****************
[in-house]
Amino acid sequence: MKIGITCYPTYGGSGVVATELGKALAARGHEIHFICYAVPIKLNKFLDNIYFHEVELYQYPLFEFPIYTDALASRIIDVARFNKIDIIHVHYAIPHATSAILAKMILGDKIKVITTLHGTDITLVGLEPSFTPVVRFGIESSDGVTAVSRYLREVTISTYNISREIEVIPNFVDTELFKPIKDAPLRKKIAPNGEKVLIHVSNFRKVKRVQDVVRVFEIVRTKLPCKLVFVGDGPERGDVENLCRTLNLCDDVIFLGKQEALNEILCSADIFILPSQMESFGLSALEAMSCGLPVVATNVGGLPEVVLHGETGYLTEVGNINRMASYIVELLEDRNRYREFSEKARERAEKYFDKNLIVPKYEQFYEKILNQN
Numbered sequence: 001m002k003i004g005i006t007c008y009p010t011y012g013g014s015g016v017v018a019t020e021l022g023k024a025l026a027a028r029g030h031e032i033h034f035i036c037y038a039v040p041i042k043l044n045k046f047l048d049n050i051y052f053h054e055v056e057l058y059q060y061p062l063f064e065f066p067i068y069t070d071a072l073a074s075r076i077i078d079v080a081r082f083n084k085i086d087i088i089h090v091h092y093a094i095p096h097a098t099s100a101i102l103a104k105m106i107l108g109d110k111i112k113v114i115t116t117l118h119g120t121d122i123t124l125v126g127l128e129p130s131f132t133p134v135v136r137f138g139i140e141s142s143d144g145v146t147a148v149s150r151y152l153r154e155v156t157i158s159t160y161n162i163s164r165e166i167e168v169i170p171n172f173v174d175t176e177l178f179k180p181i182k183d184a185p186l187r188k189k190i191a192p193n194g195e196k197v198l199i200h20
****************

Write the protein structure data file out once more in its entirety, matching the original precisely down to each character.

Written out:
[in-house]
Amino acid sequence: MKIGITCYPTYGGSGVVATELGKALAARGHEIHFICYAVPIKLNKFLDNIYFHEVELYQYPLFEFPIYTDALASRIIDVARFNKIDIIHVHYAIPHATSAILAKMILGDKIKVITTLHGTDITLVGLEPSFTPVVRFGIESSDGVTAVSRYLREVTISTYNISREIEVIPNFVDTELFKPIKDAPLRKKIAPNGEKVLIHVSNFRKVKRVQDVVRVFEIVRTKLPCKLVFVGDGPERGDVENLCRTLNLCDDVIFLGKQEALNEILCSADIFILPSQMESFGLSALEAMSCGLPVVATNVGGLPEVVLHGETGYLTEVGNINRMASYIVELLEDRNRYREFSEKARERAEKYFDKNLIVPKYEQFYEKILNQN
Numbered sequence: 001m002k003i004g005i006t007c008y009p010t011y012g013g014s015g016v017v018a019t020e021l022g023k024a025l026a027a028r029g030h031e032i033h034f035i036c037y038a039v040p041i042k043l044n045k046f047l048d049n050i051y052f053h054e055v056e057l058y059q060y061p062l063f064e065f066p067i068y069t070d071a072l073a074s075r076i077i078d079v080a081r082f083n084k085i086d087i088i089h090v091h092y093a094i095p096h097a098t099s100a101i102l103a104k105m106i107l108g109d110k111i112k113v114i115t116t117l118h119g120t121d122i123t124l125v126g127l128e129p130s131f132t133p134v135v136r137f138g139i140e141s142s143d144g145v146t147a148v149s150r151y152l153r154e155v156t157i158s159t160y161n162i163s164r165e166i167e168v169i170p171n172f173v174d175t176e177l178f179k180p181i182k183d184a185p186l187r188k189k190i191a192p193n194g195e196k197v198l199i200h20